Cool, Calm, and Collected

I don't watch TV but I do watch a good number of videos online, and there's plenty of fascinating stuff out there on, Charlie Rose interviews, The Big Think,, and more. I study interviews in particular to view how people at the top of their game carry themselves when they are not in complete control of a conversation.

Recently I watched two videos in which I noticed one person present him/herself in a more polished manner than the other. Both of the more impressive-seeming people stayed cool, calm, and collected throughout the conversation. Sounds basic, but during emotionally tense or argumentative situations, it really is a talent.

First, a 20-minute interview between Noam Chomsky and a TV journalist. Whether you agree or disagree isn't the point and don't interpret this as an endorsement of Chomsky's views. I don't have opinions on these issues until I become more informed. What does matter is how coolly and calmly Chomsky disputes the interviewer's assumptions. The interviewer's early aggressive tone morphs into a stilted, panicked one. Chomsky is relaxed the whole time and occasionally firmly raises his voice but only when it's necessary. Instead of responding to sharp-toned questions with sharp-toned answers, he stays leveled, and it comes off well on-camera.

Second, Jonah Goldberg and David Frum recently did a 65 minute conversation. It is pretty inside baseball to the cause David Frum has taken up about the the state of conservatism, but again, the actual issues aren't the point. There is an interesting contrast in manner and demeanor between the two. Frum is the whole time impeccably polite, calm, and when he disagrees, very professional. Charming, even. Goldberg is no chump either when it comes to polish, but a few times begins his answer with an emotional yelp, bemused face, and "Well….". Frum asks several questions, Socratic-style. Backed into a wall on the definition of socialism, Goldberg stammers a "Look," too many times. "Look…", used rarely, bestows authority. Obama begins many sentences with it. But used too much it sounds overly defensive.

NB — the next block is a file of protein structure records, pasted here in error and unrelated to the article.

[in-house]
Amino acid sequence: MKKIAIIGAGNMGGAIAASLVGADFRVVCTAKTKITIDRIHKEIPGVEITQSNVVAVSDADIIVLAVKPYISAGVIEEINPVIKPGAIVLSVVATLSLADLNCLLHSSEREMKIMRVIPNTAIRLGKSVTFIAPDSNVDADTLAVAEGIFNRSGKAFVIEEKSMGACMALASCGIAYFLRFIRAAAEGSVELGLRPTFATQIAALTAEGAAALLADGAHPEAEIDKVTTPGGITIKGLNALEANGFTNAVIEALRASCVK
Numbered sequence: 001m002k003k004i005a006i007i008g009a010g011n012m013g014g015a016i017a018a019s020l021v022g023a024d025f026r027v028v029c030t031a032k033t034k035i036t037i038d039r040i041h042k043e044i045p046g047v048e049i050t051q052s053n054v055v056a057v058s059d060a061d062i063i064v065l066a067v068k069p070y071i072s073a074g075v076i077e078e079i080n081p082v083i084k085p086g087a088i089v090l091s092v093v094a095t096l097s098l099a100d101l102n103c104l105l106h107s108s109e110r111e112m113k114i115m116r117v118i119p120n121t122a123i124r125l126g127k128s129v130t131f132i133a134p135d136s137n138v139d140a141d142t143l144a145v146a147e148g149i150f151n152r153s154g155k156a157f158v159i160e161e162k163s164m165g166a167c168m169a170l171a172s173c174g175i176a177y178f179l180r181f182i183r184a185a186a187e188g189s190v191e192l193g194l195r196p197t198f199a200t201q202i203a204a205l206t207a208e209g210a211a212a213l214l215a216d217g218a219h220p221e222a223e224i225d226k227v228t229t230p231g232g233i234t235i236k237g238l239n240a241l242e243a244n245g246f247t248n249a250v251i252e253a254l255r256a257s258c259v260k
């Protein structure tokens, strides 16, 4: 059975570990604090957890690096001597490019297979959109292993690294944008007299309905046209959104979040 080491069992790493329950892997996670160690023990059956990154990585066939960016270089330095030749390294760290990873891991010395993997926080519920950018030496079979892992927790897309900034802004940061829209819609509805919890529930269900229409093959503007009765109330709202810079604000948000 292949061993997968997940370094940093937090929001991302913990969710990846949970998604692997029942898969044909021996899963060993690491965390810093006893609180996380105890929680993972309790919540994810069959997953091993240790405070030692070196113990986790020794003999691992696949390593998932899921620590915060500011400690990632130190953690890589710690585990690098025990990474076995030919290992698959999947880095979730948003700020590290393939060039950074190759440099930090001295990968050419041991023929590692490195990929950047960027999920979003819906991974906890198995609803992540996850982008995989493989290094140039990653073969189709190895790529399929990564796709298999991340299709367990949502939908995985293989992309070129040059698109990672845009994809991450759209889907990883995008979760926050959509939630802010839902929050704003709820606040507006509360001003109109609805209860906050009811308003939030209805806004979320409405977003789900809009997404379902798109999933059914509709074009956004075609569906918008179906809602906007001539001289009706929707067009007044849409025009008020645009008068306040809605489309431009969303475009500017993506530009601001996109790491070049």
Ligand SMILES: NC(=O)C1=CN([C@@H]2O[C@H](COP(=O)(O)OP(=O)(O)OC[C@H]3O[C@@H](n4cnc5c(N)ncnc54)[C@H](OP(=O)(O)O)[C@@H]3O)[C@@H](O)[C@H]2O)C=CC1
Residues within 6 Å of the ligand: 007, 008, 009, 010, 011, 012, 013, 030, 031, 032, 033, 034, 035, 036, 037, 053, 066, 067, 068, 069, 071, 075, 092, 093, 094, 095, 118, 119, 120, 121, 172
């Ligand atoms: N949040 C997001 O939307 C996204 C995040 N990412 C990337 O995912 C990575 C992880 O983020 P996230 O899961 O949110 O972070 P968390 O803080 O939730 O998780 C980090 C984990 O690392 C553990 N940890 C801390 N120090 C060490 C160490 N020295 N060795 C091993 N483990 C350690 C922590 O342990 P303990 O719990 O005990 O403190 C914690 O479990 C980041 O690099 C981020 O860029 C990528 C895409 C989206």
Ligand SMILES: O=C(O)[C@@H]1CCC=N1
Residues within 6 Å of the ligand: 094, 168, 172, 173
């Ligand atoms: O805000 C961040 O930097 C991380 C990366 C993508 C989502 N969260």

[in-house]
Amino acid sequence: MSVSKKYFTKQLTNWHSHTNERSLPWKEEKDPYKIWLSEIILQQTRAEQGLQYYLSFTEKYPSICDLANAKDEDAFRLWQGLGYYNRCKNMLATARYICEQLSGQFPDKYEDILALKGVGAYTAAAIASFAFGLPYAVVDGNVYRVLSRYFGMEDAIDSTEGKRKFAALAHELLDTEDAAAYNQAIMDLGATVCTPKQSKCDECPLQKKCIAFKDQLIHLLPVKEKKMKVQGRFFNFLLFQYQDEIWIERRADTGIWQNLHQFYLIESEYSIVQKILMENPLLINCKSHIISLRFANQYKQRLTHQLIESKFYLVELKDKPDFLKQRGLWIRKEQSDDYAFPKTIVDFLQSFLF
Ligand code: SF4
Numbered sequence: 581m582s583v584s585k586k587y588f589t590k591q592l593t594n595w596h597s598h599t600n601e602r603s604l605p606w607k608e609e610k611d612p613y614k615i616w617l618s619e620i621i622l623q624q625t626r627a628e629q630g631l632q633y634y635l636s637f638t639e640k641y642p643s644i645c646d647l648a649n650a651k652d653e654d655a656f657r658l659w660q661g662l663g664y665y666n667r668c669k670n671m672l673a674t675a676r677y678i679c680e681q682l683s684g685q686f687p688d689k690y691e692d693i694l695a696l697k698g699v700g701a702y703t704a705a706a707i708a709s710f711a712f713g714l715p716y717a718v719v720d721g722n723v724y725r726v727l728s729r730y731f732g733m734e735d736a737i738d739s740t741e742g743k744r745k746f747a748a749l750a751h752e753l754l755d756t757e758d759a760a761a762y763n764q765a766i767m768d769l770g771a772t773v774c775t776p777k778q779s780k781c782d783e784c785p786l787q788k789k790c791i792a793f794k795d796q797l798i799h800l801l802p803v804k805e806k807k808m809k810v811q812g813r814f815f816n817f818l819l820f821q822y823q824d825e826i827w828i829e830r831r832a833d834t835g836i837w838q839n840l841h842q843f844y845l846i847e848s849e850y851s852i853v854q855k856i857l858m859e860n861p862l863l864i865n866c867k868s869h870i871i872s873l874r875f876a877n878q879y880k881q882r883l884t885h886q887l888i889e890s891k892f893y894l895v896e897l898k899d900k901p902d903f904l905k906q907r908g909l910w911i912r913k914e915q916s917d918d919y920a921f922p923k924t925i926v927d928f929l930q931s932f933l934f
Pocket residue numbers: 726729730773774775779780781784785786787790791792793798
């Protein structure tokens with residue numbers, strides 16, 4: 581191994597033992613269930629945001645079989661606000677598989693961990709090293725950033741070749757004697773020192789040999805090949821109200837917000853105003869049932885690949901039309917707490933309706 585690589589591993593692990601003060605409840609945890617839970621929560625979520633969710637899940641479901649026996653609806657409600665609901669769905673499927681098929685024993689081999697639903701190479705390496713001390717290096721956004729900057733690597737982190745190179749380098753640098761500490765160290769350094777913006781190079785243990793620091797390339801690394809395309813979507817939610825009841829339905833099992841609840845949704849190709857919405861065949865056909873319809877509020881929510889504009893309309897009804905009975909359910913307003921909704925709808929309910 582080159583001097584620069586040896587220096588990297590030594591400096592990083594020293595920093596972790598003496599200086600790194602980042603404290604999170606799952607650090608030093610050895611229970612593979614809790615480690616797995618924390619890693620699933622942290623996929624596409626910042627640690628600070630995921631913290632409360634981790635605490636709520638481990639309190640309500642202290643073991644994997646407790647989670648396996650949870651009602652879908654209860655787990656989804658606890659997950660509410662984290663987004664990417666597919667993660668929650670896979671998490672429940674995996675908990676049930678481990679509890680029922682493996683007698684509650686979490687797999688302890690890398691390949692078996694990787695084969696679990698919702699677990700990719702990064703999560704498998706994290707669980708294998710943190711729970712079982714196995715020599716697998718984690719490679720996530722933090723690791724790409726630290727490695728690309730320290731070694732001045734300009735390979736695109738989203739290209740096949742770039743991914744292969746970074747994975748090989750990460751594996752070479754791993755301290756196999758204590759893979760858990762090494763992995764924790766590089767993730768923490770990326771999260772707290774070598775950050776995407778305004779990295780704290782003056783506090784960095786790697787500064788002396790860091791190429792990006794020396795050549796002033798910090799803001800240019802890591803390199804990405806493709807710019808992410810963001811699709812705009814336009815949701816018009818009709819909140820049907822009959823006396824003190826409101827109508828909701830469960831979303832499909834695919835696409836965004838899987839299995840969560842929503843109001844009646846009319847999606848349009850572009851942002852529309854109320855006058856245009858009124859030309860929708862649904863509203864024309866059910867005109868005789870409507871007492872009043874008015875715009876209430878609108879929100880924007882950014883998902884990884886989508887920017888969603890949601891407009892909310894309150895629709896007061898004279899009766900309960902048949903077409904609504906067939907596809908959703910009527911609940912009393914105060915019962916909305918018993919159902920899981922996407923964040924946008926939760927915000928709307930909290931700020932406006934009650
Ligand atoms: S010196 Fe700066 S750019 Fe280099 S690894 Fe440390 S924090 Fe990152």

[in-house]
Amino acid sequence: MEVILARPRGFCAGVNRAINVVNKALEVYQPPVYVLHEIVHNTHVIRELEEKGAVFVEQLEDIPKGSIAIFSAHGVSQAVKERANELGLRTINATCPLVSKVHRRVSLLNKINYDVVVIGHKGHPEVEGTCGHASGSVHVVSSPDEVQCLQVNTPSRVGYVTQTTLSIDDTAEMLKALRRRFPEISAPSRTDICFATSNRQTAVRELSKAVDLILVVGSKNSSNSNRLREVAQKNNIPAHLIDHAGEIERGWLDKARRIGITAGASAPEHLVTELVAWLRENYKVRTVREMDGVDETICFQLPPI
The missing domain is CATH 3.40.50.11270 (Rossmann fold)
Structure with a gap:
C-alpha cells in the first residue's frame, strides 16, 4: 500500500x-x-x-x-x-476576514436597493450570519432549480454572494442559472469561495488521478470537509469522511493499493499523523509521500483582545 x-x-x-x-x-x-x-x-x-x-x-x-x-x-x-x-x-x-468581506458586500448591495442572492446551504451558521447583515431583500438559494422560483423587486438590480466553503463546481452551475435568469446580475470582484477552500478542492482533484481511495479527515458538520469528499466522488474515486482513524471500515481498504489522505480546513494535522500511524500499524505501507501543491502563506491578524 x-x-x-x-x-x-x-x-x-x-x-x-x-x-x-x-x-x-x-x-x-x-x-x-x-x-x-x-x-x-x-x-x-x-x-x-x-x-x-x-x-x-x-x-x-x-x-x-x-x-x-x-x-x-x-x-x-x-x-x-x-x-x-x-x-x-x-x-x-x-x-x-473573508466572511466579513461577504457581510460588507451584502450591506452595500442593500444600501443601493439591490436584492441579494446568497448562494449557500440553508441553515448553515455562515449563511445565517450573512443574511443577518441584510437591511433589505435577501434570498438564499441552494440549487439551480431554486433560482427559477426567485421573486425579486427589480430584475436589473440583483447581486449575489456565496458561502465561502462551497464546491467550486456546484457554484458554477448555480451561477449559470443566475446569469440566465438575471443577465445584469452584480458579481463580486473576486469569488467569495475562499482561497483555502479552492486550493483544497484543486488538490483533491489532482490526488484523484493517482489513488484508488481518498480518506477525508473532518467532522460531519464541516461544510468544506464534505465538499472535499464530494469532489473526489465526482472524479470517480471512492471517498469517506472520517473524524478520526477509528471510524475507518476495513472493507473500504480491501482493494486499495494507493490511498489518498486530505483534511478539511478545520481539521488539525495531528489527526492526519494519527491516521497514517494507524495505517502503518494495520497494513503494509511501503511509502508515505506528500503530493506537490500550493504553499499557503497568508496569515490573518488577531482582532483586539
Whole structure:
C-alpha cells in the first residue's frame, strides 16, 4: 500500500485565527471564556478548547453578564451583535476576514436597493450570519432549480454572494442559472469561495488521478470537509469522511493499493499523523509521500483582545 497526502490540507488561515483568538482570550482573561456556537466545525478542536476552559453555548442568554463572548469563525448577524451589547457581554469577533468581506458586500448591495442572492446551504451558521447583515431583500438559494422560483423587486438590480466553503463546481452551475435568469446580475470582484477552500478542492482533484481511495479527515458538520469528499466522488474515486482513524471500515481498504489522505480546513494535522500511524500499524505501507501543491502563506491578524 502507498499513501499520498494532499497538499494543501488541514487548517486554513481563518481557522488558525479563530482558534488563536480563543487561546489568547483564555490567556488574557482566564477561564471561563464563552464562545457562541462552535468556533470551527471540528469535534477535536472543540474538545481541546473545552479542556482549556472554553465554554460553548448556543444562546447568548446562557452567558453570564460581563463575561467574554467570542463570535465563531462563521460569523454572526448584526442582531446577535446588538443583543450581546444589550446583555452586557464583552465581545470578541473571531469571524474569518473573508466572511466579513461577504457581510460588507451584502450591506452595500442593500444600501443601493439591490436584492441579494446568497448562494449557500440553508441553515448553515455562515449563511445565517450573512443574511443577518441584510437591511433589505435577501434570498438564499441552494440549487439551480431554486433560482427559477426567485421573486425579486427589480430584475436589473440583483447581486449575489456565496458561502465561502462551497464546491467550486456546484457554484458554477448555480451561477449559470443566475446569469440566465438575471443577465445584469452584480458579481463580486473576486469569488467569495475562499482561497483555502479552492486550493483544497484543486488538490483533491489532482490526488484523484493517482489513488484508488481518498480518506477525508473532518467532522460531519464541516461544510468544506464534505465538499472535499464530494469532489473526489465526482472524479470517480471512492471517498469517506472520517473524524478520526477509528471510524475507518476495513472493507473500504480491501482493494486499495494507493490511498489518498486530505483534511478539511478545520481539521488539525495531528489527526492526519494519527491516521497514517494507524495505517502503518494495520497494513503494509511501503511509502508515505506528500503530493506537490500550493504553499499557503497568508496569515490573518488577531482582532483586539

Finally, if you're ever looking for tips and tricks on the rhetoric front, just watch a Barack Obama press conference. The guy's a master, not that this is exactly news. In this most recent press conference — why I ended up watching half of it online is a mystery even to me — he deftly handles a probing question from a journalist with a laugh, smile, and a "Come on, Jackie, I don't know." Again: cool, calm, collected.


If you want an example of a talented rhetorical response that's not exactly cool, calm, and collected, but still extraordinary, watch this 50 second clip of Bill Clinton responding to a heckler in 1992 when he ran for president for the first time. Goosebumps.

10 comments on “Cool, Calm, and Collected
  • Great stuff Ben.

    Re: Chomsky video. Also not a comment on the content itself. But one thing he also does is he LISTENS to the questions and is cool, calm, and collected in his response. She hardly listens, which is why she frantically continues to try to make him stumble, hardly has ANY follow-up questions on Chomsky’s actual responses, and her painbody is interfering with her ability to do an excellent job.

    Chomsky stayed as cool as an arctic cucumber. Giuliani and Reagan were also good at this.

  • Thanks for the Chomsky video, Ben!

    I don’t find the Israeli journalist’s performance as bad as you and Toli do, though. She doesn’t seem to me particularly “sharp-toned”. Maybe it’s because I’m used to see an even greater degree of dismay with which Chomsky’s views are met by his opponents! Chomsky — whom I admire — lets his stoic guard slightly down at one point: It’s when Alan Dershowitz is mentioned. Another detail which stood out for me is that the journalist uses the Hebrew pronunciation of “Chomsky”.

    Do you know the documentary “Manifacturing Consent”? Whether or not you agree with Chomsky’s views (the mandatory disclaimer – ha!) this is a very well-made film, a veritable lesson in different cinematic techniques and ways to “spice up” your material. It has snippets of Chomsky’s famous encounter with William Buckley. (This conversation can be seen in its entirety at

  • A few years ago Geoof Nunberg did a nice comparison of the use of “look” with “see.” Aggrieved rightists often use “see” as a way to amp up the troops, as in “See? The liberals want redefine marriage.” In contrast, leftists tend to use “look” in a condescending way. “Look, we all know that W is an idiot.”

  • Ben,

    Chomsky reacts the way you’re supposed to when your ideas and stance have intellectual heft.

    Clinton was brilliant. Going back to Chicago — my hometown — with it: Sometimes you have to give a verbal beat down in order restore proper respect.

    Though I haven’t commented before, I am an avid reader of your blog. I appreciate the quality of your content and the thoughtful participation of your readers. Kudos, my man.;-)

  • Dude, for such a short post, this is densely packed with good stuff. I watch interviews with similar closeness, for obvious reasons. Those and other situations have taught me that coolness/calmness/collectedness — I usually just go “equanimity” — is one of those qualities You Can’t Have Too Much Of.

  • As always, nice post ben,

    But Prof. Chomsky’s coolness is well displayed when debate that hot-headed bigot, Alan Dershowitz.

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